Migration and intergenerational stability in female employment: The impact of differences between sending and receiving countries
Objective: This article studies the intergenerational stability of employment in families of immigrants cross-nationally by investigating to what extent contextual differences between sending and receiving countries affect the transmission of labour force participation from mothers to daughters.
Background: It is often argued that a low level of labour force participation among female immigrants reflects gender norms inherited from the sending country, or, alternatively, that it is indicative of obstacles to social mobility in the receiving country. We seek to add to the existing research on this topic by providing evidence of differences between sending and receiving countries that systematically affect the labour market behaviour of female immigrants.
Method: We use individual-level data from the European Social Survey (ESS) for 35 receiving countries for a 14-year period (2004-2018) in combination with contextual data for 172 sending countries from 1960 to 2018. First, we provide an overview of employment rates and intergenerational employment stability for different combinations of sending and receiving contexts with respect to the labour force participation rates of female immigrants. Second, we corroborate our descriptive findings with multilevel models.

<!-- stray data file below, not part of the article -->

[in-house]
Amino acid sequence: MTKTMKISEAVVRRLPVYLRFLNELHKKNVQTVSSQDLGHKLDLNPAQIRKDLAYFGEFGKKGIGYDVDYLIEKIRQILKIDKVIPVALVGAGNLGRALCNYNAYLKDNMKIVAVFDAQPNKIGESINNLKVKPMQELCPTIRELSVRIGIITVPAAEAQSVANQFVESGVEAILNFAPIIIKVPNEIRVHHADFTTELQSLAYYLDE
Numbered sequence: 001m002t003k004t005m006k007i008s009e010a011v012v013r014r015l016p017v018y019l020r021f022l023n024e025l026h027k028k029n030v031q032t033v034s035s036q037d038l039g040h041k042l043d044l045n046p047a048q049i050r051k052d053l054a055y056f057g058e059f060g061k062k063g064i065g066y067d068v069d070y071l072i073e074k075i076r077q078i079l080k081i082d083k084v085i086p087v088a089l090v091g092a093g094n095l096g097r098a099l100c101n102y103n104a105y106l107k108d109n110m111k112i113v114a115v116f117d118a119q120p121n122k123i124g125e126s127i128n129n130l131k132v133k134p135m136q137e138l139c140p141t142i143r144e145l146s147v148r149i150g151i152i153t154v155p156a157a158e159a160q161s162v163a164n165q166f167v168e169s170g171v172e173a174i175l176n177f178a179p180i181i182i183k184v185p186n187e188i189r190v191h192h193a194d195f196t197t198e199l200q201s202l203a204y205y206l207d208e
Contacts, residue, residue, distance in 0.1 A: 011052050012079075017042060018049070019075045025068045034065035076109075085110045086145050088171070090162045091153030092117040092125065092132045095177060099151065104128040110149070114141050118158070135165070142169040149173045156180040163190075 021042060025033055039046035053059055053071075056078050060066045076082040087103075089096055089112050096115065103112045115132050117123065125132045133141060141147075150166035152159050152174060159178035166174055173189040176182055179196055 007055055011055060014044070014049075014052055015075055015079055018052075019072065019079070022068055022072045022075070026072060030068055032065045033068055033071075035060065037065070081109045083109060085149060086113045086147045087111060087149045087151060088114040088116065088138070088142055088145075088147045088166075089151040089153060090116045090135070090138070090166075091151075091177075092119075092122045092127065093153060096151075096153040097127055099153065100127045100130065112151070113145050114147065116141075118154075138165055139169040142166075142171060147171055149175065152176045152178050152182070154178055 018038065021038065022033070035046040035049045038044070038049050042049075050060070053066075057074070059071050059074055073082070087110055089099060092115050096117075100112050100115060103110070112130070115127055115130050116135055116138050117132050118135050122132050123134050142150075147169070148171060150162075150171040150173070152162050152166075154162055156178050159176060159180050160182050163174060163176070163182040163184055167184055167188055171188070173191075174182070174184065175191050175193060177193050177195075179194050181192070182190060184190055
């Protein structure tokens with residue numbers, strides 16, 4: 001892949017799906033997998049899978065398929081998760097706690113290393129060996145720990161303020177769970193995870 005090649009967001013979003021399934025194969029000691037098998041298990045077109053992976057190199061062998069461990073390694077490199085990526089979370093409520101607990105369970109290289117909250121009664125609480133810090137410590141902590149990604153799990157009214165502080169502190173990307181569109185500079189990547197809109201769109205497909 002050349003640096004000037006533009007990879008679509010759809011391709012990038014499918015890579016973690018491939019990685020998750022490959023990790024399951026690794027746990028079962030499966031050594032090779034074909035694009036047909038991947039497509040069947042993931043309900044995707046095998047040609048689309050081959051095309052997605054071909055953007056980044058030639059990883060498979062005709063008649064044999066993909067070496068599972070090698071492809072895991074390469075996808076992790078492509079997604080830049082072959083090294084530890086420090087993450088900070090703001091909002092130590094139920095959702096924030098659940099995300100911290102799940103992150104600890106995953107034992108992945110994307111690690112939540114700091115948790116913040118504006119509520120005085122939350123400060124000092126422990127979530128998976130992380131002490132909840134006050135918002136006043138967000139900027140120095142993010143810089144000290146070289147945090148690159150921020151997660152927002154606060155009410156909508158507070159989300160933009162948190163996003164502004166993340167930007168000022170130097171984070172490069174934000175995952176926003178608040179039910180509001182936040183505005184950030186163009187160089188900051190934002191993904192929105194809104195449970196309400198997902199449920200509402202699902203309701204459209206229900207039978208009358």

Results: Our paper shows that there are changes in the levels of intergenerational employment stability among immigrants depending on the differences in the female labour force participation rates between the sending and the receiving countries. We find that when women migrate from countries with low female labour force participation rates to countries with high female labour force participation rates, their probability of participating in the labour force increases. However, we also find that the levels of intergenerational employment stability in this group are high.
Conclusion: Intergenerational employment stability seems to be responsive to contextual differences between sending and receiving countries. We observe the highest levels of intergenerational stability in employment between mothers and daughters in families who migrated from countries with low female labour force participation rates to countries with high female labour force participation rates.
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